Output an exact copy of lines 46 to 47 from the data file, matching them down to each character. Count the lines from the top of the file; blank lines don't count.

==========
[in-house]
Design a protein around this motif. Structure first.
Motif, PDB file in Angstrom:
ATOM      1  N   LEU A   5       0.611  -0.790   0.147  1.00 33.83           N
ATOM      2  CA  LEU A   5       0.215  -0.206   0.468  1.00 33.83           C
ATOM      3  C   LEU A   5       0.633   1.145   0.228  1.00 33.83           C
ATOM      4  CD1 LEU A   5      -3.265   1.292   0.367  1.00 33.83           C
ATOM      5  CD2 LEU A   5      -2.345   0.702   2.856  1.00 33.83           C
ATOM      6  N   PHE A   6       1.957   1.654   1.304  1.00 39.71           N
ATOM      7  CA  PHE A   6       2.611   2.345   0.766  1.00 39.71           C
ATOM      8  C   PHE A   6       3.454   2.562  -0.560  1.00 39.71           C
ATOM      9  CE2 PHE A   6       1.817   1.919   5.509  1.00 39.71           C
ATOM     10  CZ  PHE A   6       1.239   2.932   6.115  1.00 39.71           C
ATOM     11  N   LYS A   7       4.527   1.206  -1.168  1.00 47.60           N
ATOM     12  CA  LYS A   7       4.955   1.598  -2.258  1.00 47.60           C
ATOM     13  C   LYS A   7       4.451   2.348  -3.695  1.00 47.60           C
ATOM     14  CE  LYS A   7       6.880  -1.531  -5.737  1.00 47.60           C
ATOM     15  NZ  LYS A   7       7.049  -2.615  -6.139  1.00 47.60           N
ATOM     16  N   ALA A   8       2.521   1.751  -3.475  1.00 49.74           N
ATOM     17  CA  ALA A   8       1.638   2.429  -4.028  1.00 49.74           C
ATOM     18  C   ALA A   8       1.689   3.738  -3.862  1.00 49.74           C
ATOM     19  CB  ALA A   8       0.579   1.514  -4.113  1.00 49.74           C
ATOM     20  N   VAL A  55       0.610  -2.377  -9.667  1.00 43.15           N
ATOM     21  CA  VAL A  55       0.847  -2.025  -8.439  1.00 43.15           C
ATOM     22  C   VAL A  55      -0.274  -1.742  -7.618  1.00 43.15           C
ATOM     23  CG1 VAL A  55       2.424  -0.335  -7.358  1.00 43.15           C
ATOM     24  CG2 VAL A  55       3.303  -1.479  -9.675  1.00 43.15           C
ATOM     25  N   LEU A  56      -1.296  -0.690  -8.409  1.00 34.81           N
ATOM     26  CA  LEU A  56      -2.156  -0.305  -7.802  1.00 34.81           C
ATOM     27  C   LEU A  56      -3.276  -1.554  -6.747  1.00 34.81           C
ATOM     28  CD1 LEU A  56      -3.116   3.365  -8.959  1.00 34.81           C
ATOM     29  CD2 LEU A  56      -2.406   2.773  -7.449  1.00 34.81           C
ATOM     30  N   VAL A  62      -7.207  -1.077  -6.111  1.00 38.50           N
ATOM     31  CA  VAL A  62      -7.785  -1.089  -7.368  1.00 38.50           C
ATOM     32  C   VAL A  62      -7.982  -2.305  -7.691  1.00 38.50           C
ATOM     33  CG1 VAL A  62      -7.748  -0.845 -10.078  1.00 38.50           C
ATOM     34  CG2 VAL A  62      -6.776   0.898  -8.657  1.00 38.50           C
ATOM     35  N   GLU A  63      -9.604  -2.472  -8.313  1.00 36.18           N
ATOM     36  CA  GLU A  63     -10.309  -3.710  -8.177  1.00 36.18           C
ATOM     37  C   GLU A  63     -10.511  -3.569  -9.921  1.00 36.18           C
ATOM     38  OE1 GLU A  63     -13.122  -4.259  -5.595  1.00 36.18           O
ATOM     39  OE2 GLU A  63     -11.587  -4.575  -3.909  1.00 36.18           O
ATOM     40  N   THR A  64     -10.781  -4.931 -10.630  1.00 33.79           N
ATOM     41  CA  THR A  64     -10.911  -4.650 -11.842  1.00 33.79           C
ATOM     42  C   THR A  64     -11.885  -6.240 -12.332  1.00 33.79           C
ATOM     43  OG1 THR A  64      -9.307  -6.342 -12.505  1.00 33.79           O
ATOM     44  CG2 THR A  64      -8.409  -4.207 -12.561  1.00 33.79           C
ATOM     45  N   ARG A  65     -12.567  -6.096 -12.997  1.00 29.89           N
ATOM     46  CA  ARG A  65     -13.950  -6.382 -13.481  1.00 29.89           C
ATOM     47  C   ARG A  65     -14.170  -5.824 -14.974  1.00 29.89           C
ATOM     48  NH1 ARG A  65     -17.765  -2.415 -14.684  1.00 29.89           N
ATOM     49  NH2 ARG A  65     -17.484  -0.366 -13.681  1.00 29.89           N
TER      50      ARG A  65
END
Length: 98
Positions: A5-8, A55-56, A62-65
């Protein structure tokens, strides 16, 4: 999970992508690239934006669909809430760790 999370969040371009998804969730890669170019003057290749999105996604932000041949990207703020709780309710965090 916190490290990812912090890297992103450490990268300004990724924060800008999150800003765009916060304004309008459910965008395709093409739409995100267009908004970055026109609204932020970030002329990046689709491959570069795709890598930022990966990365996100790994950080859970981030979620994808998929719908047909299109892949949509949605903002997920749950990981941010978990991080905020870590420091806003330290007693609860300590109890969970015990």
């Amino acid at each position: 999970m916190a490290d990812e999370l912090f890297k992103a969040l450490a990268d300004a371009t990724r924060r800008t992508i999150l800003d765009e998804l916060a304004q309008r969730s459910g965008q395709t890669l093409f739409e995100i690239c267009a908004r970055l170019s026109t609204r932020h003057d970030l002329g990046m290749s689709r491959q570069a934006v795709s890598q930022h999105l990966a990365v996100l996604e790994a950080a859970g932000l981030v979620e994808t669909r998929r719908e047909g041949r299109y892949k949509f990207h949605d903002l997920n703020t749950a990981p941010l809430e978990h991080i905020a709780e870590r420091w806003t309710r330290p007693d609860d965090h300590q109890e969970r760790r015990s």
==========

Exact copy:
ATOM     43  OG1 THR A  64      -9.307  -6.342 -12.505  1.00 33.79           O
ATOM     44  CG2 THR A  64      -8.409  -4.207 -12.561  1.00 33.79           C